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On to the next stage

March 10, 2013


DARE whisper it now: we’re there. On the verge of that much sought after civilian-led transition, or a re-endorsement of the last five years.

Here’s the credit — or blame — they each get for getting us to this point: Zardari, 40 per cent; Sharif, 40 per cent; Kayani, 20 per cent.

Zardari because he learned to say both yes and no: yes, to whatever price whoever had a chance of knocking him and his government out demanded; no, to the politics of vendettas.

Sharif because he learned to say yes: yes, to letting a government complete its term, and absorbing whatever hurt came his way for having the gumption to say yes.

Kayani because he chose to say neither yes nor no: sitting on the fence, poking and prodding on occasion but never actually getting off the fence.

Because of those three, and the choices they’ve made, we’re here: with a rickety elected system — democratic being a stretch, for now — with some hope of continuity.

A back-to-back and on-time election is now as close to a certainty as anything can be in the land of uncertainty. Should, then, we pause to celebrate the implausible and applaud the protagonists?

Fuggedboutit. This is Pakistan; this is democracy — what comes next matters more than what came before.

So out comes the crystal ball and into May and beyond we gaze.

The civilians got their election, the army let them have it, the Taliban weren’t able to derail it — now what?

Parliament is hung. Sharif looked like he may run away with it but Pakistan — and Imran — held him back.

Punjab is still Sharif Land, but gone are the days of the Heavy Mandate: we’re firmly in the Era of Coalitions.

The coalition maestro, Zardari, has been relegated to second, still in with a shot for re-election as president and still in charge of Sindh (minus Karachi) but shunted across the aisle — from the treasury to the opposition — in parliament.

The shoe is now on the other foot.

Gen K is going home — he’s told everyone he’s going home — but he’s got six months left as Chief Guardian of Pakistan.

Zardari, 40; Sharif, 40; Kayani, 20 — the old percentages, credit and blame, start anew.

Here’s the doomsday scenario:

Sharif the Democrat fails as Sharif the Coalition Builder. Hung parliament becomes paralysed parliament. One seventy two — the elusive number for prime minister and the keys to the semi-promised land — is unattainable.

Elsewhere, it’s too late for the caretakers to stop the economy from sliding towards IMF oblivion. Law and order, already a mess, slips a few notches further towards catastrophe.

The barbarians are billeted inside, long since done with waiting at the gates. The external environment, shaped by the exit from Afghanistan and the election in India, takes a turn for the worse.

Kayani now has the same choice but in new circumstances: carpe diem — seize the day — or permit national death by drift and paralysis.

Say Kayani chooses the same again: if the civilians sink, they’ll do it under their own weight, not be pushed; if they stay afloat again, Allah be praised and let’s everyone strap ourselves in for another helluva ride.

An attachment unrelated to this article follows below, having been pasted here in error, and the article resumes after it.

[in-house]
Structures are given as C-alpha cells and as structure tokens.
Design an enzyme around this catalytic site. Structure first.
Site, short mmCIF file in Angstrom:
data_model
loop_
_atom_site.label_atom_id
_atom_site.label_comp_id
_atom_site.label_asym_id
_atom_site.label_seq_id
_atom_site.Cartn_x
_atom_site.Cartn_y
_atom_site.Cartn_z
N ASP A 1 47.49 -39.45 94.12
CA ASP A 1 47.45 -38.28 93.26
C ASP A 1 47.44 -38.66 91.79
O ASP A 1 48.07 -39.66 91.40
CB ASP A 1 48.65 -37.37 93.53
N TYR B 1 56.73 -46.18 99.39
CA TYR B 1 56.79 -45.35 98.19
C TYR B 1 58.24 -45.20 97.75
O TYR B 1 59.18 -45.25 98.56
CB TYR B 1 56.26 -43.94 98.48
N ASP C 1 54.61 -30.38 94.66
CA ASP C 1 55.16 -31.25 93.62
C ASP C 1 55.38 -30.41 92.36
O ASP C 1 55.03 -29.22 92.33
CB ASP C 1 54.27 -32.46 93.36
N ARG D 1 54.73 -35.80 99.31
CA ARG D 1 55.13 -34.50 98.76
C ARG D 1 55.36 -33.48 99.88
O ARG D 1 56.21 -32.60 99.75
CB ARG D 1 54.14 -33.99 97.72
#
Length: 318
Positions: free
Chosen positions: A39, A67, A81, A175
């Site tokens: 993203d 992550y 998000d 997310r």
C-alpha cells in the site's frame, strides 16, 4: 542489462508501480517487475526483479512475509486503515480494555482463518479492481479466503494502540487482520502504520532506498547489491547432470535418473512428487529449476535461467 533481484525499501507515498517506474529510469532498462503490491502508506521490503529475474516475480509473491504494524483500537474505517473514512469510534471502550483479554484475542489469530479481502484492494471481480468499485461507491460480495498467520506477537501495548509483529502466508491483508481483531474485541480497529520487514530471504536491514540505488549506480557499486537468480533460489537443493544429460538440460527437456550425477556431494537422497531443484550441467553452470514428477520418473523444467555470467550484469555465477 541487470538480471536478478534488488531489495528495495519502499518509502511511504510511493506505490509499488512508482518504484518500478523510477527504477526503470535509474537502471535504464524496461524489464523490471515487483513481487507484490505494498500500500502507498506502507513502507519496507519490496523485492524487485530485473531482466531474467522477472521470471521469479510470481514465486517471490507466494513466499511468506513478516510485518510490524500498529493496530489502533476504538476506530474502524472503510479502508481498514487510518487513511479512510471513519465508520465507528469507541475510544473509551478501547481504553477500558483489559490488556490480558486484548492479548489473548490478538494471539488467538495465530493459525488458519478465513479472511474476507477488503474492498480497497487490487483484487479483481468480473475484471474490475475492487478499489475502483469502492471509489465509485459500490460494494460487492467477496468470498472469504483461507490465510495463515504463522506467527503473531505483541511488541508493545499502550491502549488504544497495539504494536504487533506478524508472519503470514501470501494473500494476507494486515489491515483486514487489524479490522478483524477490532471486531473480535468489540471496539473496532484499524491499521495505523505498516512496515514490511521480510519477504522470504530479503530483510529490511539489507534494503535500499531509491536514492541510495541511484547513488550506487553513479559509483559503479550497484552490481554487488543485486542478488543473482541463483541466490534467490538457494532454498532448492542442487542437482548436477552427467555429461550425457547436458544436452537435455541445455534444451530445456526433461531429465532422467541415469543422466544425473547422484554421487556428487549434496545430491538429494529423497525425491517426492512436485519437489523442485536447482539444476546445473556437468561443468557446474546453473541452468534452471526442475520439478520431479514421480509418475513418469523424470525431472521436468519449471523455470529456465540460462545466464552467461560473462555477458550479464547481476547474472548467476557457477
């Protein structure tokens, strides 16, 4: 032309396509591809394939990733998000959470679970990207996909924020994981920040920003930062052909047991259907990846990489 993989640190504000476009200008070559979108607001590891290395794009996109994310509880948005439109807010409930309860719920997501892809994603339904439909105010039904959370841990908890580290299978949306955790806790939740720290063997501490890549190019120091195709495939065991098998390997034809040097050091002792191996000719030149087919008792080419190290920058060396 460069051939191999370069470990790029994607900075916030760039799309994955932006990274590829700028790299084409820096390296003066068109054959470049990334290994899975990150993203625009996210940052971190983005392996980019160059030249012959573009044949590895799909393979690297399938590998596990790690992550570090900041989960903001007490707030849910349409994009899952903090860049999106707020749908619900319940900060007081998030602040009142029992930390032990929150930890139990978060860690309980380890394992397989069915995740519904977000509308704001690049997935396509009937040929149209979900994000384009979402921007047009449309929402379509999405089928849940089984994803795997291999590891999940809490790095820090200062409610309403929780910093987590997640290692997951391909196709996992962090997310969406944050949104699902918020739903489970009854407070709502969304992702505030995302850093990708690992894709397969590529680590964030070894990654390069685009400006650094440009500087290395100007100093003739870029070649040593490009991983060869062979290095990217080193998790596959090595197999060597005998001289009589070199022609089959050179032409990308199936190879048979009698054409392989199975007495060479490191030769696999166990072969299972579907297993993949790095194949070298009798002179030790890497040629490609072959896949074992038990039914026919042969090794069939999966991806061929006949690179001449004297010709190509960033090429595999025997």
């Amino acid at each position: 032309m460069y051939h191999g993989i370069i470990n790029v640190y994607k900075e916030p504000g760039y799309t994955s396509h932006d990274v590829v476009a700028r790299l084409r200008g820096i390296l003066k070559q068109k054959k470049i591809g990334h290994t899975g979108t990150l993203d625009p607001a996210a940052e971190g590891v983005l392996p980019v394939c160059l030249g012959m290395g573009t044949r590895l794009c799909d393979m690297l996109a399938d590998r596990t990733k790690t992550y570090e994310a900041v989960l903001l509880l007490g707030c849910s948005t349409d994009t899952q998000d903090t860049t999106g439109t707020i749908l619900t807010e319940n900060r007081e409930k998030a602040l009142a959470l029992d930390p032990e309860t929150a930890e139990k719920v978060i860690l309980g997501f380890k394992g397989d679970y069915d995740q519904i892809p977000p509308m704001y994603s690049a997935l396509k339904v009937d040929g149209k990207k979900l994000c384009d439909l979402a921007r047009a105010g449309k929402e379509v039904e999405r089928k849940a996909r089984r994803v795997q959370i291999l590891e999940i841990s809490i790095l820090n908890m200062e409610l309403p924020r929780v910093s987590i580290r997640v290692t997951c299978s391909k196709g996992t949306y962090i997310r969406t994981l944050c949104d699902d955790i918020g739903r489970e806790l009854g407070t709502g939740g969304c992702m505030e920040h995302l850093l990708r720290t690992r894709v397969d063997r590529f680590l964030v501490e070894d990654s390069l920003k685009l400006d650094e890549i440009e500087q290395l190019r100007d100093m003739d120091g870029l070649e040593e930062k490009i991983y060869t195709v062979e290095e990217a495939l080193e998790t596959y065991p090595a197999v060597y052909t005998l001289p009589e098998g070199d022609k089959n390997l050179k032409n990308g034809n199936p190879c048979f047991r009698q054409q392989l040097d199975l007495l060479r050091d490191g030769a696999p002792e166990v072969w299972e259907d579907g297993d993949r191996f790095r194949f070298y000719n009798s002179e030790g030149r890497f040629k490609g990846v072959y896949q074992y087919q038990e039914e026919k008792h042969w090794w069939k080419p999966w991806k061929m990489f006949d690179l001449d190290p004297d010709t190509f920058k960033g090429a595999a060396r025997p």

The choice — to let the elected system (remember, democratic is a stretch) continue as it was meant to — then switches to Zardari.

Stung by an electoral defeat everyone warned him of but he refused to believe, Zardari is feverishly doing his math.

Start with the certainty: the Senate is locked in till March 2015 and the PPP has close to a simple majority there; the PML-N a very distant second.

Zardari’s passive option: he can sit back and enjoy the show as Sharif runs here, there and everyone to get even basic legislation passed, the PPP effectively enjoying a veto with its near-majority in the upper house.

Non-aggression but also non-cooperation — Zardari can just let Sharif’s gung-ho, go-it-alone instinct undo an N-League government all on its own.

The active option: Zardari can lure last-term’s allies into cobbling together a minority government — just enough votes to get the PM elected and a cabinet sworn-in but too few to guarantee any kind of stability beyond the shortest of short terms.

That would be Zardari unable to live with the shoe on the other foot, to extend the same democratic courtesy to Sharif that Sharif extended to him.

On to Sharif: he’s got his government, he’s back as PM, he’s learned a new trick or two — but has he learned enough?

Nominating Kayani’s successor is an early critical decision.

The usual decision process — though there’s nothing usual about something that last happened in 1990s: the chief gives the PM three names, giving the appearance of choice but in reality, the preferred candidate is made known.

Sharif is torn. He could be aggressive and reject all the nominees, opting for what he thinks is a pliant chief he’ll be comfortable with. Or he could go with the preferred nominee and learn to co-exist with a “professional” chief who may have ideas of his own.

There’s another early minefield Sharif has to navigate: seeing out the last few months of another chief — CJ Iftikhar — with a penchant for activism and a perceived reluctance to leave the bully pulpit.

Zardari learned to submit to his flagellation, but will Sharif, Heir to the Mughal Throne, also learn to submit, or will he unleash his dogs of war?

Why all this hypothesising now about a future no one can really know, you may be wondering. Why not focus on how we’ll get through election season, or why the speculation that there won’t be one after all refuses to go away, you may be thinking.

Because perhaps the best way to stop something is to let it happen.

You got your election, you got your politicians, you got your government — and look, it’s more screwed up than ever.

The Bangladesh model doesn’t die with a mere election, or even two.

The writer is a member of staff. Twitter: @cyalm